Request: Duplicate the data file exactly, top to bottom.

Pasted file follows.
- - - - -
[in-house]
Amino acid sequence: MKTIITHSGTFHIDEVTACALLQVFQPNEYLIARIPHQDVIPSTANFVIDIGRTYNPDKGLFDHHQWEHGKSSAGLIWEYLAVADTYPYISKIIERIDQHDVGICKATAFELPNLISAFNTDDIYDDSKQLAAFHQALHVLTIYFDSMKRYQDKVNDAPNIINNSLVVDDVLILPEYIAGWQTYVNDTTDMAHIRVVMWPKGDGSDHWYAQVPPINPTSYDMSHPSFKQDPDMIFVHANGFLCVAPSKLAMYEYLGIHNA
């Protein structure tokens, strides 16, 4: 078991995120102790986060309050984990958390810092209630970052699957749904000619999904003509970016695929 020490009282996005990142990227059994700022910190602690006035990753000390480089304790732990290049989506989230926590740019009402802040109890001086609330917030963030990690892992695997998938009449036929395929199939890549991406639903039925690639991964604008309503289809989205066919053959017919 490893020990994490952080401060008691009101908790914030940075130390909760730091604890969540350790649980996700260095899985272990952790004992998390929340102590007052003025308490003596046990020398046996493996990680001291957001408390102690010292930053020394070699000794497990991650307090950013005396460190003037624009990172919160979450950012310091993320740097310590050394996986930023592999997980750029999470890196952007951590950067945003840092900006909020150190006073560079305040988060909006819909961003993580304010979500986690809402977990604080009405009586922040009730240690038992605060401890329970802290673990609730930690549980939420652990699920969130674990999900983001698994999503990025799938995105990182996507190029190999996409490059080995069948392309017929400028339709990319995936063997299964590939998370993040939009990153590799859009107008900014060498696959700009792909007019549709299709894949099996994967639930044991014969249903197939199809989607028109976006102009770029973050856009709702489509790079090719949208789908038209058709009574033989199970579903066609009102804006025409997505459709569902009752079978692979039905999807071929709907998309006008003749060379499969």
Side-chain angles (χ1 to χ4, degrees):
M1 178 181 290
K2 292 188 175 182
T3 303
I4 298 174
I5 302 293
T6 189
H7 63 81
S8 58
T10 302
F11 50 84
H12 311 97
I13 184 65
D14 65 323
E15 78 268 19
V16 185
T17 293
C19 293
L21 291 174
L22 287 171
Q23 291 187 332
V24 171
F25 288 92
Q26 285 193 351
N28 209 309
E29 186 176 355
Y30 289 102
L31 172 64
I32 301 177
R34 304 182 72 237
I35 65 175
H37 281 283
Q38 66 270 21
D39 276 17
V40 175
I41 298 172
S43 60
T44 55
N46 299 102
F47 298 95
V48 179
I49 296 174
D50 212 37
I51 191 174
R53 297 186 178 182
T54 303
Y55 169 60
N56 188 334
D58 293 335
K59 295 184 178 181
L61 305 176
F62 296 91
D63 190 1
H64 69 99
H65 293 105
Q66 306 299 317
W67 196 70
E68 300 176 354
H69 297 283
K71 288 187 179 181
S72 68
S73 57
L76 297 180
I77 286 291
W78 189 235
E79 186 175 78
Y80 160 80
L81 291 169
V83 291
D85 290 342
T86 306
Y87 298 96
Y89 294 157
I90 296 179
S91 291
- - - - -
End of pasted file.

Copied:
[in-house]
Amino acid sequence: MKTIITHSGTFHIDEVTACALLQVFQPNEYLIARIPHQDVIPSTANFVIDIGRTYNPDKGLFDHHQWEHGKSSAGLIWEYLAVADTYPYISKIIERIDQHDVGICKATAFELPNLISAFNTDDIYDDSKQLAAFHQALHVLTIYFDSMKRYQDKVNDAPNIINNSLVVDDVLILPEYIAGWQTYVNDTTDMAHIRVVMWPKGDGSDHWYAQVPPINPTSYDMSHPSFKQDPDMIFVHANGFLCVAPSKLAMYEYLGIHNA
């Protein structure tokens, strides 16, 4: 078991995120102790986060309050984990958390810092209630970052699957749904000619999904003509970016695929 020490009282996005990142990227059994700022910190602690006035990753000390480089304790732990290049989506989230926590740019009402802040109890001086609330917030963030990690892992695997998938009449036929395929199939890549991406639903039925690639991964604008309503289809989205066919053959017919 490893020990994490952080401060008691009101908790914030940075130390909760730091604890969540350790649980996700260095899985272990952790004992998390929340102590007052003025308490003596046990020398046996493996990680001291957001408390102690010292930053020394070699000794497990991650307090950013005396460190003037624009990172919160979450950012310091993320740097310590050394996986930023592999997980750029999470890196952007951590950067945003840092900006909020150190006073560079305040988060909006819909961003993580304010979500986690809402977990604080009405009586922040009730240690038992605060401890329970802290673990609730930690549980939420652990699920969130674990999900983001698994999503990025799938995105990182996507190029190999996409490059080995069948392309017929400028339709990319995936063997299964590939998370993040939009990153590799859009107008900014060498696959700009792909007019549709299709894949099996994967639930044991014969249903197939199809989607028109976006102009770029973050856009709702489509790079090719949208789908038209058709009574033989199970579903066609009102804006025409997505459709569902009752079978692979039905999807071929709907998309006008003749060379499969």
Side-chain angles (χ1 to χ4, degrees):
M1 178 181 290
K2 292 188 175 182
T3 303
I4 298 174
I5 302 293
T6 189
H7 63 81
S8 58
T10 302
F11 50 84
H12 311 97
I13 184 65
D14 65 323
E15 78 268 19
V16 185
T17 293
C19 293
L21 291 174
L22 287 171
Q23 291 187 332
V24 171
F25 288 92
Q26 285 193 351
N28 209 309
E29 186 176 355
Y30 289 102
L31 172 64
I32 301 177
R34 304 182 72 237
I35 65 175
H37 281 283
Q38 66 270 21
D39 276 17
V40 175
I41 298 172
S43 60
T44 55
N46 299 102
F47 298 95
V48 179
I49 296 174
D50 212 37
I51 191 174
R53 297 186 178 182
T54 303
Y55 169 60
N56 188 334
D58 293 335
K59 295 184 178 181
L61 305 176
F62 296 91
D63 190 1
H64 69 99
H65 293 105
Q66 306 299 317
W67 196 70
E68 300 176 354
H69 297 283
K71 288 187 179 181
S72 68
S73 57
L76 297 180
I77 286 291
W78 189 235
E79 186 175 78
Y80 160 80
L81 291 169
V83 291
D85 290 342
T86 306
Y87 298 96
Y89 294 157
I90 296 179
S91 291